The luxury cruise liner was supposed to hit the open seas two years from now on a more successful journey than its ill-fated namesake, but it appears to be sinking before getting underway.
Deep-pocketed adventure seekers who want to tempt fate by hitting the open seas aboard the Titanic II – the planned and highly publicized replica of its ill-fated predecessor – may be waiting awhile. It seems the ship, originally slated to launch this year, has run into troubled waters.
According to this article in the Belfast Telegraph, the Titanic II – the brainchild of Australian tycoon, businessman and politician Clive Palmer – is now supposed to make its maiden voyage in 2018. But that plan also appears to be floundering.
Plans for the Titanic II call for it to be built to replicate — as nearly as possible — the original Belfast-built luxury ship, which struck an iceberg and sank on its maiden voyage from Southampton to New York in 1912, taking the lives of some 1,500 people.
Like the original, the Titanic II would offer first-, second- and third-class cabins and dining areas, as well as the famed grand staircase, Turkish baths, a squash court and swimming pools. But it would also come equipped with modern amenities and the latest navigation and safety systems, according to the ship’s website.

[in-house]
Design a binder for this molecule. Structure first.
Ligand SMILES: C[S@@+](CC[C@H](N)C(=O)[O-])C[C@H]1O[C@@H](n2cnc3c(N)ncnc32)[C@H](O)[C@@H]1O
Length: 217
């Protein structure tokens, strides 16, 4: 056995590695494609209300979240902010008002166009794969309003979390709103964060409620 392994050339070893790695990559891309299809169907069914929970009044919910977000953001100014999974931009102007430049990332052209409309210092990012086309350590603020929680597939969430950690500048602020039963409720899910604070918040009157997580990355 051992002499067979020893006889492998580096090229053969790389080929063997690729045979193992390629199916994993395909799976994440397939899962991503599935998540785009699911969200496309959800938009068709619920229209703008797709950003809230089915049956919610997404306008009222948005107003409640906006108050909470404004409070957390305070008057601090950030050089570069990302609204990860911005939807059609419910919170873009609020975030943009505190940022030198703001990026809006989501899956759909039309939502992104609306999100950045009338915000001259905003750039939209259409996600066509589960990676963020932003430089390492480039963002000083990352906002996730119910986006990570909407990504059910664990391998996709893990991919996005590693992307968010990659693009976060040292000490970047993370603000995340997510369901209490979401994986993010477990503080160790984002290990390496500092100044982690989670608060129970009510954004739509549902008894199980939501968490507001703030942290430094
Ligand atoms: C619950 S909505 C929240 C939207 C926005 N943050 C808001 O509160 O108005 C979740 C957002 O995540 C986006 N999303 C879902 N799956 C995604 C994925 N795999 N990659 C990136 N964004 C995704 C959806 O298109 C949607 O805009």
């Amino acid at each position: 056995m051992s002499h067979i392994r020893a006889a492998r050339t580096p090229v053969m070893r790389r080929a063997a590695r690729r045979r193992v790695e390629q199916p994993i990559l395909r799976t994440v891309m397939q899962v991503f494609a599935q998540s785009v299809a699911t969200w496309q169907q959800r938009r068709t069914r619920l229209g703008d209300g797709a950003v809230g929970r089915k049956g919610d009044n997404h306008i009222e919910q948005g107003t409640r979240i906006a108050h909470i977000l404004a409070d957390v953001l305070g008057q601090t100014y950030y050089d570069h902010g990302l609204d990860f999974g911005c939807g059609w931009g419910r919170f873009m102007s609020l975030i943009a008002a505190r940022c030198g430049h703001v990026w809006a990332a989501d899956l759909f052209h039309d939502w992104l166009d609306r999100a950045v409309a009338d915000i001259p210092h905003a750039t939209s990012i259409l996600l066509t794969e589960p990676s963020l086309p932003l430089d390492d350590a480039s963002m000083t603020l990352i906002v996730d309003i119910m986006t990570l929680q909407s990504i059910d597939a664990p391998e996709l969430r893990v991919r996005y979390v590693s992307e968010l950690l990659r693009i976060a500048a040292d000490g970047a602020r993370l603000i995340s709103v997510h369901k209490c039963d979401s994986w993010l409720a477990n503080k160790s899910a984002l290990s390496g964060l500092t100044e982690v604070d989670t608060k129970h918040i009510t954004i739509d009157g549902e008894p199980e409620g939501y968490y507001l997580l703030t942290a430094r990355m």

But here’s the thing: Despite what you’ve seen or read on the news about the Titanic II, there’s been little to no progress on Palmer’s dream to build the luxury liner for at least two years.
The successor to the Titanic was supposed to be built at CSC Jinling shipyard in Nanjing, China. But Jalopnik said construction hasn’t begun. The pictures of the ship that have been publicized are computer renderings from a few years aback.
The most recent update on the Titanic II’s website was posted in May, 2014. The project’s Twitter page was updated with a post on May 15, 2014, and then it went dark until just a few days ago, when it shared this Facebook video post on the ship’s plans that was put together by BuzzFeed.
Plans for the ship could also be capsized by an investigation of Palmer. According to The Sydney Morning Herald, the Australian Securities and Investment Commission is investigating Palmer and the collapse of his company, Queensland Nickel.
Palmer could face criminal charges over alleged use of aliases in company dealings and moving money from his failed business into his self-titled political party. The company owes creditors roughly $100 million.
Sure, the Titanic II could become a reality. But at this point, I think it’s safe to say that the Titanic II is nothing more than a tycoon’s dream.
What do you think of the plans for the Titanic II? Do you think the ship will ever make its voyage? Share your comments below or on our Facebook page.